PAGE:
In 1983, Chuck W. Hull patented the first “apparatus for production of three-dimensional objects by stereolithography”—also known as a 3D printer.
It would take decades before 3D printing became more mainstream and commercially viable. Today, this technology, now known as additive manufacturing, is being used at the University of Maine’s Advanced Structures & Composites Center in collaboration with Oak Ridge National Laboratory to produce prototype homes using a combination of a bio-based polymer and residual wood products.
“We work with Oak Ridge National Lab in a program called Hub and Spoke, and through our work we have collaborated on a lot of new material [development]—in particular, bio-based materials used to replace non-bio-based materials,” explains Evan Gilman, chief engineer, additive manufacturing,
with the Advanced Structures & Composites Center.
The idea is that the unique bio-based materials can be combined with wood residuals, of which there is an excess of over a million tons produced in the Northeast each year. “[The wood is] not being used but could be, and 3D printing would allow us to utilize this in homes. A lot of our work has been to develop the material to be used for 3D printing. An extension of our materials development project is to demonstrate that [the residual wood] has a useful purpose for something such as a house.”
Most species of wood can be used for this application, and it has been a major focus from the beginning of the program.
With the largest polymer 3D printer in the world, the University of Maine has the ability to make very large additive structures—even as big as houses—with this form
“What we see, and what this house is a demonstration of, is an opportunity to solve several problems,” he says. One is Maine’s low-income housing shortage. “There’s a need for at least 20,000 low-income houses right now,” he says. Another is what to do with excess wood residuals. “In Maine, the pulp and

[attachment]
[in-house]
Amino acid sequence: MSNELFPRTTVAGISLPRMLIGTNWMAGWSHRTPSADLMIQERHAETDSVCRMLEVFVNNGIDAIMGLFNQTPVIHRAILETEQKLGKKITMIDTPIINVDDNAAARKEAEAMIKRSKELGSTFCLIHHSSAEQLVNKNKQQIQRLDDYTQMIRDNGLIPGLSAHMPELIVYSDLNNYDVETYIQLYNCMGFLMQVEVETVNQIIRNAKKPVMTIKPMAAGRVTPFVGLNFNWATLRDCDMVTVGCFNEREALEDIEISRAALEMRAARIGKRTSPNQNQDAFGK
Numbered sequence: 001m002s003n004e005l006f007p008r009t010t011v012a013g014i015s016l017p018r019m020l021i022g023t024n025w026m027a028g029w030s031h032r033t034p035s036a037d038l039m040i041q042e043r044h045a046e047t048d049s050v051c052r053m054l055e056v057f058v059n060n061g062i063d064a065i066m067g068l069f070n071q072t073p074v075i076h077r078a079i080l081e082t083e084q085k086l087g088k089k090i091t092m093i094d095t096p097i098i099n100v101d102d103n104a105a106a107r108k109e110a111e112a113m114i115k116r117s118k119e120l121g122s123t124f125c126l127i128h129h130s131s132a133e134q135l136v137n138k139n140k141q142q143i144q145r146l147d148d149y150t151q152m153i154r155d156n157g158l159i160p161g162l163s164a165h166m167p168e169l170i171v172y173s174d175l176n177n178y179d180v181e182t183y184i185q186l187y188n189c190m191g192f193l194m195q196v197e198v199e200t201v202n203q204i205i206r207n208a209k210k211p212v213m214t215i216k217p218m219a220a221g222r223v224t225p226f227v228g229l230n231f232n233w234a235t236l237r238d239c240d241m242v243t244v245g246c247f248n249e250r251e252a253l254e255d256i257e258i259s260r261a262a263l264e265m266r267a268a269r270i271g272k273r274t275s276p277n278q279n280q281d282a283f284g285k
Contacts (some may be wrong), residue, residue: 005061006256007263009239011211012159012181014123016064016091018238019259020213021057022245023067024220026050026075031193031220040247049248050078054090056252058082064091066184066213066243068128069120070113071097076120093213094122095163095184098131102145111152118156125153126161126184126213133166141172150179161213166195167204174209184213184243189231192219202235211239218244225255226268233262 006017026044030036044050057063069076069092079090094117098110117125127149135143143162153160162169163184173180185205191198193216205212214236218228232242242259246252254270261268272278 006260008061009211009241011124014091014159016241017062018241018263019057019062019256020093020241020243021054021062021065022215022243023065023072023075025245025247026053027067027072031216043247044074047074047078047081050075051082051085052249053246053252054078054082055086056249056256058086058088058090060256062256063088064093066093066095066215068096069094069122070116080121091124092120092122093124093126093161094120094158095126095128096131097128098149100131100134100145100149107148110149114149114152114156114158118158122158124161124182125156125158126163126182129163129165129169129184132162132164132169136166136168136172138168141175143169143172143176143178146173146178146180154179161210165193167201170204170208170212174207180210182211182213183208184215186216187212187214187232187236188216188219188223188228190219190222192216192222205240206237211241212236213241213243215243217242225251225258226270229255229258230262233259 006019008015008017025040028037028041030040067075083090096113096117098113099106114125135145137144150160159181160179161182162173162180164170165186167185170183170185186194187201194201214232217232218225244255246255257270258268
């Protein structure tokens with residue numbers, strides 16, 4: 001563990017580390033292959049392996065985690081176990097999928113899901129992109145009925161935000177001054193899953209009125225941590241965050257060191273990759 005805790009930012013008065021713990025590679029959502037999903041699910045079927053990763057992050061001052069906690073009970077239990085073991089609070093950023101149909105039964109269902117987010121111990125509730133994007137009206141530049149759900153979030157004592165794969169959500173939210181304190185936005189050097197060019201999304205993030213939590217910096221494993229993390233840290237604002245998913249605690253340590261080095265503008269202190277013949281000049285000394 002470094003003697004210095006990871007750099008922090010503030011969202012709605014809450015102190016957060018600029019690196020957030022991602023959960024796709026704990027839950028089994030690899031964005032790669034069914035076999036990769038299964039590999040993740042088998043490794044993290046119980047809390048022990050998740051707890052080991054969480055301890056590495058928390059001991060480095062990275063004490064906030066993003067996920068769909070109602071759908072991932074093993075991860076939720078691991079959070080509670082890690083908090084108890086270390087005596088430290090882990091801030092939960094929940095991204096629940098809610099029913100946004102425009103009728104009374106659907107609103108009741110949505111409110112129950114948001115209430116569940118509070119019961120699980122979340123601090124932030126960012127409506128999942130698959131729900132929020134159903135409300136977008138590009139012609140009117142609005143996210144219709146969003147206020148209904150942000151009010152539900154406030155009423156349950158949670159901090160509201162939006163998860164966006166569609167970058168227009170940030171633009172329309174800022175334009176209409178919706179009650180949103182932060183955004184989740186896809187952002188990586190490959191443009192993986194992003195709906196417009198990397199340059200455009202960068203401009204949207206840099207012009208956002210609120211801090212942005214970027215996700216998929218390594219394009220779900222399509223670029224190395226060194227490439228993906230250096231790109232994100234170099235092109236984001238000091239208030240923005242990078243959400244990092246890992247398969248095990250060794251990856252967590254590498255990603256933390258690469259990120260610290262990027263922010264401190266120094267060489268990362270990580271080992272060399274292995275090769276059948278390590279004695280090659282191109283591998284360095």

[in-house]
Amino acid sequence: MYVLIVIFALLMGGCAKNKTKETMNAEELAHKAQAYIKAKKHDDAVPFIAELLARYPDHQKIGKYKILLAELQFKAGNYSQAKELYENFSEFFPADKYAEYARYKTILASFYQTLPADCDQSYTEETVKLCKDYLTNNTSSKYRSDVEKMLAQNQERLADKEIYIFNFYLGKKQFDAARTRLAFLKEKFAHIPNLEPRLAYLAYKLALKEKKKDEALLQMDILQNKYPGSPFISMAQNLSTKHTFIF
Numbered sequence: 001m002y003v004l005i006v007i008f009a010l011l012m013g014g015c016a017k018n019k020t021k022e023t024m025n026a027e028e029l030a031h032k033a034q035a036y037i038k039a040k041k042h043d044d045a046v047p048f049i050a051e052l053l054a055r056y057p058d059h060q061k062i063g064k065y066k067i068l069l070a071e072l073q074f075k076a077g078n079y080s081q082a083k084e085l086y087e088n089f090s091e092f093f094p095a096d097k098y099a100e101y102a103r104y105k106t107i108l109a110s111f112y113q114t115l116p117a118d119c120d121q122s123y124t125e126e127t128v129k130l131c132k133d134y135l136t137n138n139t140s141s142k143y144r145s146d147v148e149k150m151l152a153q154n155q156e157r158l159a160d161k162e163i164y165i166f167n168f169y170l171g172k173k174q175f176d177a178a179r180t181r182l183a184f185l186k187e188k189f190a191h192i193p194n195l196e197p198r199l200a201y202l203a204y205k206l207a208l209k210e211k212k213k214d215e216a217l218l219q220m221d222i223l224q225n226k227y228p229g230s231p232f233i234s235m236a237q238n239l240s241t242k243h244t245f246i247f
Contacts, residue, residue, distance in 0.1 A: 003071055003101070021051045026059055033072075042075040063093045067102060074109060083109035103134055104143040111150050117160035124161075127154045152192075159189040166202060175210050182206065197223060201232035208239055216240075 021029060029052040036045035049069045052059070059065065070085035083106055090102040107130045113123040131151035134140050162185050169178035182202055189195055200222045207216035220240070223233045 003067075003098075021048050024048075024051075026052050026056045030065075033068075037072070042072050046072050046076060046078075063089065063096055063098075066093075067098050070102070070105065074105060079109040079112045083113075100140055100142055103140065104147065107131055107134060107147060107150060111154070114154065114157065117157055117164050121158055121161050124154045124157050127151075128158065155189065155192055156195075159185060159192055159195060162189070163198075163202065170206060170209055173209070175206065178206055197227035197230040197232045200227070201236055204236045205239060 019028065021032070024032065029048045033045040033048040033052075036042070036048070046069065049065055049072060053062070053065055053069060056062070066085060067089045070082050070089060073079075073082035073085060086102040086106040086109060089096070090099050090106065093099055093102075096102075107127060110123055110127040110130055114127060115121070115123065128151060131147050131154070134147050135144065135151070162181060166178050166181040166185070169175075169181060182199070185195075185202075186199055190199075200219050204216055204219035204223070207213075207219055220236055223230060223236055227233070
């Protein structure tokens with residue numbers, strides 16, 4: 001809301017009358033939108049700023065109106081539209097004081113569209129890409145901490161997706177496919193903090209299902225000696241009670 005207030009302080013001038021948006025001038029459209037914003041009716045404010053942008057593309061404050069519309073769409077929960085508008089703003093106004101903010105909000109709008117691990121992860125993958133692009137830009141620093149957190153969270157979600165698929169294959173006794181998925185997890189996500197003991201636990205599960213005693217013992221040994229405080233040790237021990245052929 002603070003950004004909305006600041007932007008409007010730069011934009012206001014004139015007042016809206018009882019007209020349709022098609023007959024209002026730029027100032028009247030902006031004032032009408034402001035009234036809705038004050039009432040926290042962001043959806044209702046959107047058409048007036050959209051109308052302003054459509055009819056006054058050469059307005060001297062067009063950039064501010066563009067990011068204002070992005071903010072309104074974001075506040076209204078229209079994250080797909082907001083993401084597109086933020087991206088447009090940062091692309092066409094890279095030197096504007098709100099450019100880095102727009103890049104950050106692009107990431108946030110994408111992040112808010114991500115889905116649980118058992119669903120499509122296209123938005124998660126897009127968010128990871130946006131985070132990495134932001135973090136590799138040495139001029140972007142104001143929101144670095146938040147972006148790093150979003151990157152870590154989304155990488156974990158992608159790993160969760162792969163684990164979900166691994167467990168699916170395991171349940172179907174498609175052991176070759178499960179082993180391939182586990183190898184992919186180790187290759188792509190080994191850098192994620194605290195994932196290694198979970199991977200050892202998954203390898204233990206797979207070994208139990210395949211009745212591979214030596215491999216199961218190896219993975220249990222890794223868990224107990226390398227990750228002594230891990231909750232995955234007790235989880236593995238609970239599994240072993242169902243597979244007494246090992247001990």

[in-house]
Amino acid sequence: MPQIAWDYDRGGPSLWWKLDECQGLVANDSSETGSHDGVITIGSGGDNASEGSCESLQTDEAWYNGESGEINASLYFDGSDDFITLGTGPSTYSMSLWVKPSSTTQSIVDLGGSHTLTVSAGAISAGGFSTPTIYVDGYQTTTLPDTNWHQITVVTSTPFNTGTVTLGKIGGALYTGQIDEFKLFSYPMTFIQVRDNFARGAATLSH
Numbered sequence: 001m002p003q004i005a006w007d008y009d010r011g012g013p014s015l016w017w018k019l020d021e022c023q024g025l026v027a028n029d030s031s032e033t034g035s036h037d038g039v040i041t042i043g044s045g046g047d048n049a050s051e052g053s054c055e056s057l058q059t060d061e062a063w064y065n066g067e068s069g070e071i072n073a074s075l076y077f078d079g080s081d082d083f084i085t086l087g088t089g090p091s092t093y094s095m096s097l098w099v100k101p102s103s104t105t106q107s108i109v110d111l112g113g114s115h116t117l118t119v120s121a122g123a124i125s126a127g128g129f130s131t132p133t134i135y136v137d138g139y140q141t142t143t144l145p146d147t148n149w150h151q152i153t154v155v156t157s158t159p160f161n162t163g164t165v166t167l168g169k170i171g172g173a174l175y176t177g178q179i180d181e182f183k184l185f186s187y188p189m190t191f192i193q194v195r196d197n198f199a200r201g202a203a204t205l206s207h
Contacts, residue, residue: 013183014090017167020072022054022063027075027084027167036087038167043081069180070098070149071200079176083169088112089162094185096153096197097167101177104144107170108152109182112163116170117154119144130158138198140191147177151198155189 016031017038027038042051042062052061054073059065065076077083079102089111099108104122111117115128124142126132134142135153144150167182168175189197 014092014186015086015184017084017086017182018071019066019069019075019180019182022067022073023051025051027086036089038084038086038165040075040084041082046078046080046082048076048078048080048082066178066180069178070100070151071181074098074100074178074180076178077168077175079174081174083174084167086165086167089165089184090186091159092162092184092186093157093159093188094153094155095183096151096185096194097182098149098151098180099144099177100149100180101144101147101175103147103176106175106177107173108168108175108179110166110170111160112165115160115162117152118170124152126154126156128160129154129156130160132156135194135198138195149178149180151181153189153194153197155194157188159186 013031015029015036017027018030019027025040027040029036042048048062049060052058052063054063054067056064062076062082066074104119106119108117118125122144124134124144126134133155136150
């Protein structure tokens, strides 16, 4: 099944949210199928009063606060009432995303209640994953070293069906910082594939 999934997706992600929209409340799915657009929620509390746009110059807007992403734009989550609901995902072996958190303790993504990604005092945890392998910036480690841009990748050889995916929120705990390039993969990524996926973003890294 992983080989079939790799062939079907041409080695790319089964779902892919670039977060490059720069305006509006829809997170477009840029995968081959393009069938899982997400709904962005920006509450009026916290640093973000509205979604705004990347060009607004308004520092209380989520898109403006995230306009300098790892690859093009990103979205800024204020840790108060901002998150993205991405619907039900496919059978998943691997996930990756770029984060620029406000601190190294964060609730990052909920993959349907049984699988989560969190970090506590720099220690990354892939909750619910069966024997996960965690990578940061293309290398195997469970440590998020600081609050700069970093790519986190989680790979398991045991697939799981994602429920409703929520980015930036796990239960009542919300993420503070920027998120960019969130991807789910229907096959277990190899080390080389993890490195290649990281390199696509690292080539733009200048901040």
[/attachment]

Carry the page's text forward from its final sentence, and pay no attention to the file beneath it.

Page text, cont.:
paper industry has been shrinking. So the wood residuals that used to be part of pulp and paper [manufacturing] are not being used and are now in excess.”
As a result, there is an opportunity to find a way to use that excess material in something like home construction.
“Additive manufacturing uses this material and provides a great solution because the process can take the wood residuals, turn them into wood fibers, and mix them into the 3D printing material,” Gilman explains. “It’s a way to incorporate those wood residuals that would otherwise not be useful and can’t be used for other conventional building materials.”
3D printing is also less labor intensive and, during a period of economic labor shortages, could provide another way to construct a home without the need for as much labor because the printer is doing more of the work.
“A lot of the work we’re doing is to make this technology viable for more mass production. So not only are we working on the material formulation to make it better, we are
working on the design and printing process,” he says. “We do think this can be a competitive technology with more research. We’re not suggesting it will take over home technology, but it is part of the solution.”
Going forward, the university plans to expand its lab facility in the next two to three years to scale up their research capacity to make this technology market ready sooner.
“We want to make [the technology] viable and transition it to industry,” Gilman says. “We will probably make more homes in our effort to refine the technology.”
— Joel Kranc
PHOTOS: Courtesy of University of Maine’s Advanced Structures & Composites Center